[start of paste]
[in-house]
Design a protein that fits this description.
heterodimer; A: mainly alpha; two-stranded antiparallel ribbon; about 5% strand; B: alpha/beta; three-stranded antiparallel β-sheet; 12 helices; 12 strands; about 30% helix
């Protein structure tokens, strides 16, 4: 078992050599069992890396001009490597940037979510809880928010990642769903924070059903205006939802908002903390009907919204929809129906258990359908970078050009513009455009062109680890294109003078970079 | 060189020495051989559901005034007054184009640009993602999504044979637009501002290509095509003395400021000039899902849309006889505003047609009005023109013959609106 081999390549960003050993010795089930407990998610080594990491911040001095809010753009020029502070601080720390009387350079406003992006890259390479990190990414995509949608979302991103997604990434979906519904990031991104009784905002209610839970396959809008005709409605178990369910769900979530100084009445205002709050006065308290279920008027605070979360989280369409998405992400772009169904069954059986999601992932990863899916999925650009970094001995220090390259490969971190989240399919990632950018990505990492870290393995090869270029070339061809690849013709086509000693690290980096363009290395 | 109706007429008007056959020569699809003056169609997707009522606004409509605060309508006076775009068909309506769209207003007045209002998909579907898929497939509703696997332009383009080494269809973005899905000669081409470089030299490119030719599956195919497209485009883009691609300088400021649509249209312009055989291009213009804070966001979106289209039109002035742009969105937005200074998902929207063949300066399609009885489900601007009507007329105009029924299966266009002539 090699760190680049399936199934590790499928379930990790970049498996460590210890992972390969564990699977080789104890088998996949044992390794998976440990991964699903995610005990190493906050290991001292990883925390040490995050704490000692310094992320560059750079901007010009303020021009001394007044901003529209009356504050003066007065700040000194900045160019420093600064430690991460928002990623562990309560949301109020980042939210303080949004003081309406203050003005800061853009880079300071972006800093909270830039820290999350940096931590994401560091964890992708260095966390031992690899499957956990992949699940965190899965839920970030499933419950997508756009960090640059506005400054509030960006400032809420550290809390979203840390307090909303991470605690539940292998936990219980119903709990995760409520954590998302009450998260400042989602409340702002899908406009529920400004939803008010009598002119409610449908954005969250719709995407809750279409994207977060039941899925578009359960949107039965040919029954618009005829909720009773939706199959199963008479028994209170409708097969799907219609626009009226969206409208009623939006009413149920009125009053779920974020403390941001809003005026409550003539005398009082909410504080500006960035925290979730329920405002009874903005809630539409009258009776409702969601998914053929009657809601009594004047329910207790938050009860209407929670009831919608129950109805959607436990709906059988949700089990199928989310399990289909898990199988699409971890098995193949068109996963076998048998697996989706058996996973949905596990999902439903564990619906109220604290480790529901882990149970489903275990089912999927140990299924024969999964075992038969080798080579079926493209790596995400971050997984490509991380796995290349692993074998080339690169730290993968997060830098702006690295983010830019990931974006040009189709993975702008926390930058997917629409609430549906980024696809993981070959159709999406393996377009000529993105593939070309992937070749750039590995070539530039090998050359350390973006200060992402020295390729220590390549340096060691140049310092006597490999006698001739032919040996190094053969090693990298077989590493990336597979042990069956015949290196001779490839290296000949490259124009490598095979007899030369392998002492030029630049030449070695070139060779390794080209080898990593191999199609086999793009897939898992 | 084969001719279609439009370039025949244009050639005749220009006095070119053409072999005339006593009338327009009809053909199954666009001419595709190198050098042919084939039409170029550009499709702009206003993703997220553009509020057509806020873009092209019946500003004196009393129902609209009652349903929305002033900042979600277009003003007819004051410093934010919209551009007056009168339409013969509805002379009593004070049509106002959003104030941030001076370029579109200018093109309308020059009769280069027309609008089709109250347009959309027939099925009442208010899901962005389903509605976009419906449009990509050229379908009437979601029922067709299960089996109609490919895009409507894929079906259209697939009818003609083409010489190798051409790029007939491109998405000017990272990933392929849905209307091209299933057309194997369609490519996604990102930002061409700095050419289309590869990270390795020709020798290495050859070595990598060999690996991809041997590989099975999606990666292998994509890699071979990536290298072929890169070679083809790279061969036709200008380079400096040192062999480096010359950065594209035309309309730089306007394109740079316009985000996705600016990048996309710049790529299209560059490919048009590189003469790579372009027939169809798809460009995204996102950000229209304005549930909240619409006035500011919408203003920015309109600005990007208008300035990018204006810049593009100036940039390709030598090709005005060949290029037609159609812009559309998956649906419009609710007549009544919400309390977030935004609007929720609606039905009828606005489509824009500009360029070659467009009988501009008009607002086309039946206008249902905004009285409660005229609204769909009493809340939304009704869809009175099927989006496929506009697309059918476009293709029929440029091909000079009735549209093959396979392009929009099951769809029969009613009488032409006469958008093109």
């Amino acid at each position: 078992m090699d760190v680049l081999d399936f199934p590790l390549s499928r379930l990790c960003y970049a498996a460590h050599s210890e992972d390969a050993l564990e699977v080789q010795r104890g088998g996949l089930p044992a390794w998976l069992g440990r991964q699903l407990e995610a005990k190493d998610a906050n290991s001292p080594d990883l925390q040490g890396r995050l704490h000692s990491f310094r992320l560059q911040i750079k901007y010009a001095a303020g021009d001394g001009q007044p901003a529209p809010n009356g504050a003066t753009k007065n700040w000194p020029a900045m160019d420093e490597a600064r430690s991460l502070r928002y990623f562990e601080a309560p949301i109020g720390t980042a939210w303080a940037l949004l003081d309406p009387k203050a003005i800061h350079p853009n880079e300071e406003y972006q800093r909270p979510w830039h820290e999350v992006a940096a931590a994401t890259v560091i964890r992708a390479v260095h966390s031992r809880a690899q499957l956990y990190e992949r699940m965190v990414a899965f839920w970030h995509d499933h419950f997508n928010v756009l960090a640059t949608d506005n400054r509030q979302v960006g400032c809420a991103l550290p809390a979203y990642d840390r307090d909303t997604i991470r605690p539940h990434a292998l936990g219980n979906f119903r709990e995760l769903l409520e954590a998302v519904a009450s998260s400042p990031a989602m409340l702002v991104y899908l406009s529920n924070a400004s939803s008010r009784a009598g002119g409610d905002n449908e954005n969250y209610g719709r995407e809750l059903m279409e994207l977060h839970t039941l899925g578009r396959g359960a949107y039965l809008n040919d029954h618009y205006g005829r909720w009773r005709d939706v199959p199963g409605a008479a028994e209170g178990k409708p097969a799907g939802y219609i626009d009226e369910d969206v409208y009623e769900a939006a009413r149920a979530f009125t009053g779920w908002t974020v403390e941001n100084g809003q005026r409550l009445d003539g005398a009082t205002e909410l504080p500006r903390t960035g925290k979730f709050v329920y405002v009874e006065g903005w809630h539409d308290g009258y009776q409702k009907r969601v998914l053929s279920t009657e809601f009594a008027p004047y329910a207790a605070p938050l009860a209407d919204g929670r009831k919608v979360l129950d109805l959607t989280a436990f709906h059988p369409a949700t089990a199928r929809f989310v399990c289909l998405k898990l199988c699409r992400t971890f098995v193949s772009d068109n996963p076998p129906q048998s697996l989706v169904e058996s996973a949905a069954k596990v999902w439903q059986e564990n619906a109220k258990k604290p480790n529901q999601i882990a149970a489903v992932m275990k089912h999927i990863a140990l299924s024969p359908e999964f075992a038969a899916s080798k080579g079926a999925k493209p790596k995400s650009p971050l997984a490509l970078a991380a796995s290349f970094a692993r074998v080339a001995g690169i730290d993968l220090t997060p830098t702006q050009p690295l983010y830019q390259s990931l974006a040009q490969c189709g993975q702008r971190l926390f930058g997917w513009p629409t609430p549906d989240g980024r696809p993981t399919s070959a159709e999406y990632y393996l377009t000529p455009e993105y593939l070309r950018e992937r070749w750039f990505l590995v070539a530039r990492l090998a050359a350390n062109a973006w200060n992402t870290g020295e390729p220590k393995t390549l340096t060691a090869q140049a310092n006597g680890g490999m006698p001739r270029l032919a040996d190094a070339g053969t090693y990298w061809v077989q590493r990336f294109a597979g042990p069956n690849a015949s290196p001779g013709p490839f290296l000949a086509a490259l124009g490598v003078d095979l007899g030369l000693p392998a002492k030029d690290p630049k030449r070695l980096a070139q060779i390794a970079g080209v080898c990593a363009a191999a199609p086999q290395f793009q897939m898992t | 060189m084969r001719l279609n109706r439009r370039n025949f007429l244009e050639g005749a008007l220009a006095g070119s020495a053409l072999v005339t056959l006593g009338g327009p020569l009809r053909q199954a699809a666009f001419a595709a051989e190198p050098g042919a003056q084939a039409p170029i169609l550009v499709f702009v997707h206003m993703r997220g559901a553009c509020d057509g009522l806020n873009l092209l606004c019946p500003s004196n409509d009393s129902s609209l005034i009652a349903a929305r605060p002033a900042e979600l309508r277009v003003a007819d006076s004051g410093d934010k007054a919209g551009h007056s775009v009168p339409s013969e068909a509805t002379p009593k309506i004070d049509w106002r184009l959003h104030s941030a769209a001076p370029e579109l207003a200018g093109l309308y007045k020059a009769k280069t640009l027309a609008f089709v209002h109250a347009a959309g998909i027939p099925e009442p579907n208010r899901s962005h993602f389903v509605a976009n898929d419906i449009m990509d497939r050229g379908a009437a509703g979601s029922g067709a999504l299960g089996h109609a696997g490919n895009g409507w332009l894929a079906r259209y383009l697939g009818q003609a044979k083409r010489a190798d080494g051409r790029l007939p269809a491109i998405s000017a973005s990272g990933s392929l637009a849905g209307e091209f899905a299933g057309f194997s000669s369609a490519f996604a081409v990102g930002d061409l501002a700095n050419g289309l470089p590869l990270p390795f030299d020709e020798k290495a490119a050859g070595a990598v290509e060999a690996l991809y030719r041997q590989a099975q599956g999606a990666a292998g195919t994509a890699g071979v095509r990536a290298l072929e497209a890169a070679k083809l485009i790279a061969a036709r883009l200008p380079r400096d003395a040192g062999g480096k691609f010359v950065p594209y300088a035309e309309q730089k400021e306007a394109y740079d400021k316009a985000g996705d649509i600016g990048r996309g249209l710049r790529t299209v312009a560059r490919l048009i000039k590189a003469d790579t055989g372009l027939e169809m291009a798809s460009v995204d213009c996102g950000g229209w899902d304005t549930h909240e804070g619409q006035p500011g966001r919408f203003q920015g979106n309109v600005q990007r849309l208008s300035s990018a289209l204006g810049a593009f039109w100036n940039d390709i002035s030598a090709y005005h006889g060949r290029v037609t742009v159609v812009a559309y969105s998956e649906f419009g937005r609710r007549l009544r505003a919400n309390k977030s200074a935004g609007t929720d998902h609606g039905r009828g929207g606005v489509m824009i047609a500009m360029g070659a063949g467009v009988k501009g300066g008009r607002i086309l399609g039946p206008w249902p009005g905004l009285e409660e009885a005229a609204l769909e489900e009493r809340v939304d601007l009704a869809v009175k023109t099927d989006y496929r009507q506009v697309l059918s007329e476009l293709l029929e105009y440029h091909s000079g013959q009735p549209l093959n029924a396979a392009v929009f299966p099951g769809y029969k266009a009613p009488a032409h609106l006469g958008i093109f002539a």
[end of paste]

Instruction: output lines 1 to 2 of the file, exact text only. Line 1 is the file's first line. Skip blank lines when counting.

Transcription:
[in-house]
Design a protein that fits this description.